According to VA, this rule will have the benefit of strengthening the access to VA health care overall by increasing the choices veterans have for their health care and complementing the increasingly timely, high-quality care provided by VA medical facilities. VA stated that veterans will continue to have the option to choose whether to receive care at a VA medical facility or a community provider. Furthermore, according to VA, the access expansion will allow veterans to receive care in the community through a network of providers when VA does not provide the required care or services, wait times do not conform with VA access standards, service line does not meet VA quality standards, or the referring clinician determines it is in the best medical interest of the veteran to receive care or services in the community. Additionally, as described by VA, veterans will be able to access community care when the veteran was eligible to receive care under certain grandfathering provisions or VA does not operate a full-service medical facility in the state in which the veteran resides.
VA determined that the net costs of this final rule will be $2.2 million over a 5-year period (fiscal years 2019 to 2023) and $429 million per year on an ongoing basis discounted at 7 percent relative to year 2016, over a perpetual time horizon.
(ii) Agency actions relevant to the Regulatory Flexibility Act (RFA), 5 U.S.C. §§ 603-605, 607, and 609
VA certified that this final rule will not have a significant economic impact on a substantial number of small entities as they are defined in the Act.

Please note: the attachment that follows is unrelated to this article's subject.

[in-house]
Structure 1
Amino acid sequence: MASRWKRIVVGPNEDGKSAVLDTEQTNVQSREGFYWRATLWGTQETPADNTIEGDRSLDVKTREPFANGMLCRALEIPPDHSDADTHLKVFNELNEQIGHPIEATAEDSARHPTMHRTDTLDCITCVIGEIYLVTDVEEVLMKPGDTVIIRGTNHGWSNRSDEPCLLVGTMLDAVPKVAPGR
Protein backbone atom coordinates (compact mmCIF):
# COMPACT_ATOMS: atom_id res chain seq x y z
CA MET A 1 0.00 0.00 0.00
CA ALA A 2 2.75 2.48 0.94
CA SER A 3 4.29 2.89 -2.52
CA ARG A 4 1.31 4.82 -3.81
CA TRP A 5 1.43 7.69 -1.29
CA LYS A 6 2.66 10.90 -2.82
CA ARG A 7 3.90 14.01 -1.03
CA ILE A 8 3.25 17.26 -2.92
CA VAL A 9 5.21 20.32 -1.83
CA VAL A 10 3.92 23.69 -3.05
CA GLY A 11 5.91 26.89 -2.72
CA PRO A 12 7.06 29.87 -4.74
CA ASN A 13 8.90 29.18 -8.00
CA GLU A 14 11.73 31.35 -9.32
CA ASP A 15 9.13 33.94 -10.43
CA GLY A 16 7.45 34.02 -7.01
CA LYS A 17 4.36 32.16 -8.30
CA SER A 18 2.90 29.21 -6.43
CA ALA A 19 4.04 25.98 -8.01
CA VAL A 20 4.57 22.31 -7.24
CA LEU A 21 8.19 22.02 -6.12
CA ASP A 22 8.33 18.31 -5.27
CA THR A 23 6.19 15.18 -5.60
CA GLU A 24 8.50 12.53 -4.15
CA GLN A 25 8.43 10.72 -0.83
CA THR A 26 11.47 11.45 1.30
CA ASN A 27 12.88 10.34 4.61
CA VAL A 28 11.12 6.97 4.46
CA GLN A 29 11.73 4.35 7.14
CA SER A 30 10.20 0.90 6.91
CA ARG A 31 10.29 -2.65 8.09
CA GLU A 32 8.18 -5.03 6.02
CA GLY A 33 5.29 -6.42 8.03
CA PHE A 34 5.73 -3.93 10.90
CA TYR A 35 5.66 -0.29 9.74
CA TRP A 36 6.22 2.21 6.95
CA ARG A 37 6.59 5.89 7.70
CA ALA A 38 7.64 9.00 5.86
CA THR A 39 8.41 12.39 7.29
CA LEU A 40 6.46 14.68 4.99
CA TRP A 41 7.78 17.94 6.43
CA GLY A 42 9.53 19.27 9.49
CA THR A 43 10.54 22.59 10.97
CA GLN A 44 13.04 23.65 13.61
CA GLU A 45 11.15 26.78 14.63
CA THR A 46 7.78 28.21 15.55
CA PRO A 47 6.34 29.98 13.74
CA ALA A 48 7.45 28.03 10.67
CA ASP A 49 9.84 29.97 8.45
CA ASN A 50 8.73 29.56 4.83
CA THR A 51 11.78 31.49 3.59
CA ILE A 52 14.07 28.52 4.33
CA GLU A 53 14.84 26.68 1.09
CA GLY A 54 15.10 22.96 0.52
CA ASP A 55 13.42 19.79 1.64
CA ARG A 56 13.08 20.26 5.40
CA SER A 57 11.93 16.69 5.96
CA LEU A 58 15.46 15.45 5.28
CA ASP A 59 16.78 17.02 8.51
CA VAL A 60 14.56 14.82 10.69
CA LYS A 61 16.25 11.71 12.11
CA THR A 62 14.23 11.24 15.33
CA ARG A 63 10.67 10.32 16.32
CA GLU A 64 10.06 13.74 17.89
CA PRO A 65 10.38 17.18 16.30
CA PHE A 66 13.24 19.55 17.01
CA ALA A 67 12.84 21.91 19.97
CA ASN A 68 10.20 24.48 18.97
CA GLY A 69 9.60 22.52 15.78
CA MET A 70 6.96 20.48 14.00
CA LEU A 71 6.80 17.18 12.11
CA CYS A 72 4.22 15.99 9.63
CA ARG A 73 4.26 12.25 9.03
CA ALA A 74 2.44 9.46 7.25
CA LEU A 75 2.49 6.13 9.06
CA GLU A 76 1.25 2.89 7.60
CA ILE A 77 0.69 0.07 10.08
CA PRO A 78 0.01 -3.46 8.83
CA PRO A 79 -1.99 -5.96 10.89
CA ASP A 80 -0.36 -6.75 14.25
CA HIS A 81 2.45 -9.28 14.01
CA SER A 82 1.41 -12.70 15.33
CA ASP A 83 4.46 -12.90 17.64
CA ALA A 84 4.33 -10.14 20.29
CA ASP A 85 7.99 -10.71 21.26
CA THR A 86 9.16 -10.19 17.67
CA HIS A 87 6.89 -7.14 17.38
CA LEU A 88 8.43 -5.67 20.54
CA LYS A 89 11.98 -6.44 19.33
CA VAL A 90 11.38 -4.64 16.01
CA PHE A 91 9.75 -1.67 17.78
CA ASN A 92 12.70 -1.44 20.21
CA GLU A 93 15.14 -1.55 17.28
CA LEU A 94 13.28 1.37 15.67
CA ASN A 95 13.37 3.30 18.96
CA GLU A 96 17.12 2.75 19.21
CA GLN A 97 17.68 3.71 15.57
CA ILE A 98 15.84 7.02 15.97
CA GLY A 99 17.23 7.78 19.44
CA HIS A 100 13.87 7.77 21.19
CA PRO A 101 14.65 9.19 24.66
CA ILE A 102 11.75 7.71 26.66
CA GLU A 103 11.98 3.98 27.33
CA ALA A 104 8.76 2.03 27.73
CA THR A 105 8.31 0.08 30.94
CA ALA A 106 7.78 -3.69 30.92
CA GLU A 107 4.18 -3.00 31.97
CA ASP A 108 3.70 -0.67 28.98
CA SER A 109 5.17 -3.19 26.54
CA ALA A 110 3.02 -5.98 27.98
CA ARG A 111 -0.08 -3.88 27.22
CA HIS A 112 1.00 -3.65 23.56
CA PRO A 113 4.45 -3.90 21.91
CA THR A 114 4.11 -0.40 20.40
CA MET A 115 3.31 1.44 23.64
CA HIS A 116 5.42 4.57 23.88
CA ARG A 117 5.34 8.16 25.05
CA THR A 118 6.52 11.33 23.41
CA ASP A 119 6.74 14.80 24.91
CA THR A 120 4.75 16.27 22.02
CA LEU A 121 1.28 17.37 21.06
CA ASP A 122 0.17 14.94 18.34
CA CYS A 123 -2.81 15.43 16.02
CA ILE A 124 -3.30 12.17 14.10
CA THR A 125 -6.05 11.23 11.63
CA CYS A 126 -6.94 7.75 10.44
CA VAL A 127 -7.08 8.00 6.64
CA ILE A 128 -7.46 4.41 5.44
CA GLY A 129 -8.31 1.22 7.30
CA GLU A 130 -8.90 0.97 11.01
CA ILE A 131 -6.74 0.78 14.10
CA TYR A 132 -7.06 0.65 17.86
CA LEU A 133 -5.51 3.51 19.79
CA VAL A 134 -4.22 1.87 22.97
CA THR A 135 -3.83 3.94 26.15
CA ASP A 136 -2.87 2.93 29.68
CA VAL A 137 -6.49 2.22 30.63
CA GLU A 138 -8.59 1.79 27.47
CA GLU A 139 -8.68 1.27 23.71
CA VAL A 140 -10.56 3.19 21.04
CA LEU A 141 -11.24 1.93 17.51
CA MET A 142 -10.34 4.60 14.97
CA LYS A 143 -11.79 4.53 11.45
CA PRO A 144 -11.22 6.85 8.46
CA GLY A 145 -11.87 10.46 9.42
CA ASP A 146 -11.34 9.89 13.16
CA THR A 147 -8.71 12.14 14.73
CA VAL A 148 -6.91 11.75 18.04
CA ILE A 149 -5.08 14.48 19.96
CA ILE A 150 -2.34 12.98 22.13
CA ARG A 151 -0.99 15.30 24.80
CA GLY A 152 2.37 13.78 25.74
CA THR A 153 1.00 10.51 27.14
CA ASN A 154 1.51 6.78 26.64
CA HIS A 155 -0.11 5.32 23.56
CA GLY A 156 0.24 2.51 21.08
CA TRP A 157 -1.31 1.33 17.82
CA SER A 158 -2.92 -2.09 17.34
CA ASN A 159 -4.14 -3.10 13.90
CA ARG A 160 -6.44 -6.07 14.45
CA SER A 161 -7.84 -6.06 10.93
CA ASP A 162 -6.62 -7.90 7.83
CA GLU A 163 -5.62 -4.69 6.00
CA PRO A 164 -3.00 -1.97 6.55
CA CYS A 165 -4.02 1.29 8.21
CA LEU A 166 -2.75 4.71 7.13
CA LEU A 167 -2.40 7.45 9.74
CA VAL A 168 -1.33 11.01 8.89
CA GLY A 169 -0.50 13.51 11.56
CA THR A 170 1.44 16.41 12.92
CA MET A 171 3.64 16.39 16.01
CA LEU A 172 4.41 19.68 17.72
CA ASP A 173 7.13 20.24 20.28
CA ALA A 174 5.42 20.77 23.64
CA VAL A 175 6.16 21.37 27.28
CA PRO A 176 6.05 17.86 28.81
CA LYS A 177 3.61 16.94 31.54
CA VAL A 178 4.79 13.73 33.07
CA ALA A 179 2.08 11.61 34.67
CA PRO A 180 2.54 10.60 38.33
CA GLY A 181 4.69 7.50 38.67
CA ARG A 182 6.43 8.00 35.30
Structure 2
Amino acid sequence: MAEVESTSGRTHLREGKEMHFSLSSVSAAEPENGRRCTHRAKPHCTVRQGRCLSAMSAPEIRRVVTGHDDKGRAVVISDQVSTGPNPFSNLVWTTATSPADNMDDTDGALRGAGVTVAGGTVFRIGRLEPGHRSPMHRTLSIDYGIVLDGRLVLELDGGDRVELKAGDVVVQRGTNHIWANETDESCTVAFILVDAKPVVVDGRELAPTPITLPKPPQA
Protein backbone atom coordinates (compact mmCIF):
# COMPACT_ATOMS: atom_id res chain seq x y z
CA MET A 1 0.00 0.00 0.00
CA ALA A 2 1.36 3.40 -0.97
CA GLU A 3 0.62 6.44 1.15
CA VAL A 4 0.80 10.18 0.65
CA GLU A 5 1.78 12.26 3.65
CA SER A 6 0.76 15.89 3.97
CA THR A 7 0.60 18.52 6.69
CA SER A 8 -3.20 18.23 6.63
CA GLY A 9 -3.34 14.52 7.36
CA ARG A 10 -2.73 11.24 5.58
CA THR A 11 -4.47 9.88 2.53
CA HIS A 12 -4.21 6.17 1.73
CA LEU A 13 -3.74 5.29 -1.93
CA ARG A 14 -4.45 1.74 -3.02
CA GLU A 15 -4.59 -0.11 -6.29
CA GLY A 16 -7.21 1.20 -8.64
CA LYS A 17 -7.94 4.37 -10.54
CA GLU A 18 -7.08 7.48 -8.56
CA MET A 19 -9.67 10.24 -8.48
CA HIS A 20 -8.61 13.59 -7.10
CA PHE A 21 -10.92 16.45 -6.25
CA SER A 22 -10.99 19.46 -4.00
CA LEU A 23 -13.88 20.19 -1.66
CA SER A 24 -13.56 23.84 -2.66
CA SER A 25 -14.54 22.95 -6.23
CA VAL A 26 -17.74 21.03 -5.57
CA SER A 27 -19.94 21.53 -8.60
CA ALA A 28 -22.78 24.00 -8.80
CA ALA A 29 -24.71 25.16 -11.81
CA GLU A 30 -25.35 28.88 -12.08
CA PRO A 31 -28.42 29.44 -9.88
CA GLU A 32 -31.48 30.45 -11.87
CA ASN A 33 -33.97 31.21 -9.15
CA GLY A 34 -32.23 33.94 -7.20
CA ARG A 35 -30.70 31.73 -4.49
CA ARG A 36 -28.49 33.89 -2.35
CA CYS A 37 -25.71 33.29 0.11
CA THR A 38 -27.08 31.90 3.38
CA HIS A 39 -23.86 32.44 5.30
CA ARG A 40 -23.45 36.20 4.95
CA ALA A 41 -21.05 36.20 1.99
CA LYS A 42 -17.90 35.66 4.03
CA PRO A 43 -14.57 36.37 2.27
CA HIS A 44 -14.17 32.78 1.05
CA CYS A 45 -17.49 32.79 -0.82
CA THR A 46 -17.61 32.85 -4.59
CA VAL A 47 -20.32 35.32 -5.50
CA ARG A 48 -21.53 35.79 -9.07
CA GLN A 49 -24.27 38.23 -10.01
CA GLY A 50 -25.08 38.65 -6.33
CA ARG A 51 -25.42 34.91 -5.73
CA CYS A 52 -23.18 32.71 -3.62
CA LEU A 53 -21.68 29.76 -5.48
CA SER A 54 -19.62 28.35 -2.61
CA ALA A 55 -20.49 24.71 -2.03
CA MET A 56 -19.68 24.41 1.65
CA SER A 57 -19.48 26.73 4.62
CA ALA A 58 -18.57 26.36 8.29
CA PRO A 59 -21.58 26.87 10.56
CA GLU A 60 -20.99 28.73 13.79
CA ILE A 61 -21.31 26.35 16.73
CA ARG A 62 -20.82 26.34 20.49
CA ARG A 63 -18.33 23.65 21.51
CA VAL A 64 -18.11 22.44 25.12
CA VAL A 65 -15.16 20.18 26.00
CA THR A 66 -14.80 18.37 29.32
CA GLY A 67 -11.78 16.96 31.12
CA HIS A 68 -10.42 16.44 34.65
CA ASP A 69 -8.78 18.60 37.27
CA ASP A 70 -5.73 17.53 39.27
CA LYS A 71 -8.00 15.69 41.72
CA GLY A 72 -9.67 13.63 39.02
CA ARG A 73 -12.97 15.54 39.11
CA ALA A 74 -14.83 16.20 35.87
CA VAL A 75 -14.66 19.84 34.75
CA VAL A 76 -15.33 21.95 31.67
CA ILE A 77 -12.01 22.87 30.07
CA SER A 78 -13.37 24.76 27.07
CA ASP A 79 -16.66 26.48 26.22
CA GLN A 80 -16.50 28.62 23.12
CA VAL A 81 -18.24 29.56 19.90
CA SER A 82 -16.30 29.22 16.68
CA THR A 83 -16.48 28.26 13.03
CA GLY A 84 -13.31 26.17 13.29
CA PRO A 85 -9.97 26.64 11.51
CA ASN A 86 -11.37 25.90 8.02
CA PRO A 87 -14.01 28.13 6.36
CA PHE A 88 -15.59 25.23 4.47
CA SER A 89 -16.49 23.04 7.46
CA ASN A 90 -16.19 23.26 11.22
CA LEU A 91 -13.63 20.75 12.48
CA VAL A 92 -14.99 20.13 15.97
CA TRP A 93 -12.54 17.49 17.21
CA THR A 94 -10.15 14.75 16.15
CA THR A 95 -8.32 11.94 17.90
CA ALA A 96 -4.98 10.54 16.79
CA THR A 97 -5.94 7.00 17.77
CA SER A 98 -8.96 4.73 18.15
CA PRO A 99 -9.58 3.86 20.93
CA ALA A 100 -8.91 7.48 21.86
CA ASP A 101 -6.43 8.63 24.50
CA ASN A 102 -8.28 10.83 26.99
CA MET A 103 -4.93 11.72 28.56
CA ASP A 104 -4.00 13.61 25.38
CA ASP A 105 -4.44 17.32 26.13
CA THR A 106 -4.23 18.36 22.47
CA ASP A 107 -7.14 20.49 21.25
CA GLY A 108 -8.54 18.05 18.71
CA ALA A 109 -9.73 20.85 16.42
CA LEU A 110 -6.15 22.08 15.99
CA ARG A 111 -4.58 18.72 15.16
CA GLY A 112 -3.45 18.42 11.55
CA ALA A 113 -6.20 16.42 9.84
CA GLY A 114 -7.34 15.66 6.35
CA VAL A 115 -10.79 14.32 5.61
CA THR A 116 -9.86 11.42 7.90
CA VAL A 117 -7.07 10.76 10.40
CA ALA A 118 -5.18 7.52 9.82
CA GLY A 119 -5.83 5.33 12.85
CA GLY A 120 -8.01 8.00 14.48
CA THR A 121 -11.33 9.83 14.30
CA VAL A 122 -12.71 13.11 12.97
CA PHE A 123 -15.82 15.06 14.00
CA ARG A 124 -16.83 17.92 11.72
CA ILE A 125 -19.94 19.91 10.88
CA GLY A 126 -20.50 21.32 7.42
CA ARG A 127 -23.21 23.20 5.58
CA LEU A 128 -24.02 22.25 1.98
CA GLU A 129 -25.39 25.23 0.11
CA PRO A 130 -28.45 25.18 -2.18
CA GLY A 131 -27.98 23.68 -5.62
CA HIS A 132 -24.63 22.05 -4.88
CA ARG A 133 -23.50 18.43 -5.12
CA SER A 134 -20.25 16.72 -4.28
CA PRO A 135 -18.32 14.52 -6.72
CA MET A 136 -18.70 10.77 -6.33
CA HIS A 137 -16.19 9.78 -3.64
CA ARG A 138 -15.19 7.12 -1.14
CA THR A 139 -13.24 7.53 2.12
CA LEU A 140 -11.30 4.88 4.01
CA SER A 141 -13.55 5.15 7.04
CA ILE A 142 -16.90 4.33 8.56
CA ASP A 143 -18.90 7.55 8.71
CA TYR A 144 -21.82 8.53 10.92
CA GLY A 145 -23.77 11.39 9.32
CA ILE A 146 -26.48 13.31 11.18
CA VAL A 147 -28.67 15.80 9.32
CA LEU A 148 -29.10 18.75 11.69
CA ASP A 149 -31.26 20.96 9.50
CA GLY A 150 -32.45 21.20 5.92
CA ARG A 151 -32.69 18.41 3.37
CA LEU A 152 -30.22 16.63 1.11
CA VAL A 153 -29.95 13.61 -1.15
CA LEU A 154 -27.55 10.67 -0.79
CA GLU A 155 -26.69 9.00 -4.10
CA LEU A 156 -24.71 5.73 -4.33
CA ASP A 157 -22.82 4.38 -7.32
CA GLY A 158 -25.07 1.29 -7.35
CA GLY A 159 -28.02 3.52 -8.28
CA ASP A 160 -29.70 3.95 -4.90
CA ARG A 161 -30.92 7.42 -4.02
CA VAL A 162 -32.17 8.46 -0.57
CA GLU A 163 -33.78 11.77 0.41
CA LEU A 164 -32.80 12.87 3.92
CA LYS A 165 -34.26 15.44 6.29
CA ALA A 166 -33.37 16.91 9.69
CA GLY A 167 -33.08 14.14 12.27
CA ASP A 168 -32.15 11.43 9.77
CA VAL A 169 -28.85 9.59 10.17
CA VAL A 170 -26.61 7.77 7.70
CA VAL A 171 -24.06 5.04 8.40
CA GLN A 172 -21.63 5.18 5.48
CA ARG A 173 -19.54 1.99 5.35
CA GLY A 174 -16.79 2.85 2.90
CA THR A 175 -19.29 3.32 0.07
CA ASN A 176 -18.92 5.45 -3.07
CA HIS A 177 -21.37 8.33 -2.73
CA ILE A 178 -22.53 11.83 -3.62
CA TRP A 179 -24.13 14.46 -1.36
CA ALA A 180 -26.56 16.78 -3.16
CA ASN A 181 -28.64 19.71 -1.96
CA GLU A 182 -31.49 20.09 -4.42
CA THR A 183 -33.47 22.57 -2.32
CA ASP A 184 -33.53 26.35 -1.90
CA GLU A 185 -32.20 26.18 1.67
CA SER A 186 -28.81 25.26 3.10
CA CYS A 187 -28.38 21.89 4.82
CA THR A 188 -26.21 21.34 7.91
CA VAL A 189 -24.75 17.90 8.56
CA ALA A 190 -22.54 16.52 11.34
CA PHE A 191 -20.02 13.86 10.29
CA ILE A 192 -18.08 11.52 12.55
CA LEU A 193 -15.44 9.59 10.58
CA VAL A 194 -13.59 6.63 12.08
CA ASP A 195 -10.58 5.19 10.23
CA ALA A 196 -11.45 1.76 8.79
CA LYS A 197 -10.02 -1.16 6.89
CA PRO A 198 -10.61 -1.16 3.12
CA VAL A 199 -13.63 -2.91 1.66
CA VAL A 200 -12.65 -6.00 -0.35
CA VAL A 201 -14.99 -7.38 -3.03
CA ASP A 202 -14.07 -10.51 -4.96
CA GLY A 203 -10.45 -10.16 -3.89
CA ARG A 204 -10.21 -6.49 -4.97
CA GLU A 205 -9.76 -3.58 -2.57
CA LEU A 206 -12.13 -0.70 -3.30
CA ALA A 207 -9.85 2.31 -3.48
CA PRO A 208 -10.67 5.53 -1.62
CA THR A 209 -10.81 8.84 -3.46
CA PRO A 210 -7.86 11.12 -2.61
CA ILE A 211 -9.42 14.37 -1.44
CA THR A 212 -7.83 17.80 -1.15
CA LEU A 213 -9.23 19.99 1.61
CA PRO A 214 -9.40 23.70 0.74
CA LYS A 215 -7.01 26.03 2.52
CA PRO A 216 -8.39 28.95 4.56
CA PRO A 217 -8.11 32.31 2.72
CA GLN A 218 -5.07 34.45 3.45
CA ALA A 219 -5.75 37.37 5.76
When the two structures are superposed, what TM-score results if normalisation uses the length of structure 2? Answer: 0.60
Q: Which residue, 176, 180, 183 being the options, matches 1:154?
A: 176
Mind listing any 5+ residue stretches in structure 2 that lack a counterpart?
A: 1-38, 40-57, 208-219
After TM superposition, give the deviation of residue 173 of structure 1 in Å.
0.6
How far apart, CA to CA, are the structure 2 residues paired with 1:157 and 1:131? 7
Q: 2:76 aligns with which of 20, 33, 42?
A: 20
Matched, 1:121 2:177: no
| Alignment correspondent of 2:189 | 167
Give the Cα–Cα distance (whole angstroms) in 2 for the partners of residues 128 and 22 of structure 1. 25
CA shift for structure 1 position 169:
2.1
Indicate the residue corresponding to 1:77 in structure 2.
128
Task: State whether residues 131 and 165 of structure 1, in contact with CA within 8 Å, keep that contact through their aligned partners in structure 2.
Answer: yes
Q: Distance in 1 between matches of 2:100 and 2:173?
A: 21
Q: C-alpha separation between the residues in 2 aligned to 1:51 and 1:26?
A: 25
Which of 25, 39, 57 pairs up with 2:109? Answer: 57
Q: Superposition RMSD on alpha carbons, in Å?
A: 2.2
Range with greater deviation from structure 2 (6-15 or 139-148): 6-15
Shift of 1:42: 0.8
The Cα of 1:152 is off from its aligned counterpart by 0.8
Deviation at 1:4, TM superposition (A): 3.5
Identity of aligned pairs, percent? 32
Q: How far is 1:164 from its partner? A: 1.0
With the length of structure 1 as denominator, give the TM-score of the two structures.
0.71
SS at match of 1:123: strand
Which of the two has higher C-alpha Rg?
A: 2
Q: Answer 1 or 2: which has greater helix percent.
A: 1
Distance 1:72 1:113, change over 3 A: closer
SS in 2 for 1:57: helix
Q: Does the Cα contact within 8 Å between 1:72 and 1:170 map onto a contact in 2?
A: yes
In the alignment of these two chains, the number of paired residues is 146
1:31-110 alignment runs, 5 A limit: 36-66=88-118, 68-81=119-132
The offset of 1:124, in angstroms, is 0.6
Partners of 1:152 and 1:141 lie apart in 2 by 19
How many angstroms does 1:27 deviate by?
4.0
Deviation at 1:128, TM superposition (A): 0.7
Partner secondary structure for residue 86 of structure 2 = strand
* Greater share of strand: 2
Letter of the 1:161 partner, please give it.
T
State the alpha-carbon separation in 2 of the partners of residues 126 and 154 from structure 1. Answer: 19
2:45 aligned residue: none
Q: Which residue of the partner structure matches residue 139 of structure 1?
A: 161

(iii) Agency actions relevant to sections 202-205 of the Unfunded Mandates Reform Act of 1995, 2 U.S.C. §§ 1532-1535
VA determined that this final rule will not result in the expenditure by state, local, and tribal governments, in the aggregate, or by the private sector, of $100 million or more (adjusted annually for inflation) in any one year.
(iv) Other relevant information or requirements under acts and executive orders
Administrative Procedure Act, 5 U.S.C. §§ 551et seq.
On February 22, 2019, VA published a proposed rule. 84 Fed. Reg. 5629. VA received 1,297 unique comments and responded to comments in the final rule. In addition, VA found good cause under the Act to publish this rule with an effective date that is less than 30 days from the date of publication. Specifically, VA found that it would be contrary to the public interest to delay the effective date of this rule because any delay in implementing the rule would have a severe detrimental impact on veterans' health care.
Paperwork Reduction Act (PRA), 44 U.S.C. §§ 3501-3520
VA determined that this final rule will amend information collection requirements currently approved under Office of Management and Budget (OMB) Control Number 2900-0823 and will impose new collections of information requirements and burden. VA stated that notice of OMB’s approval for this information collection will be published in the Federal Register.
Statutory authorization for the rule
VA promulgated this final rule under the authorities of sections 101(28), 501, 513, 1701, 1703, 1703B, 1703C, 1710, 1710B, 1712, 1720D, 1722A, 1725A, 1728, 1730A, and 3104 of title 38, United States Code.
Executive Order No. 12,866 (Regulatory Planning and Review)
VA examined the economic, interagency, budgetary, legal, and policy implications of this final rule and determined that it is economically significant under the Order.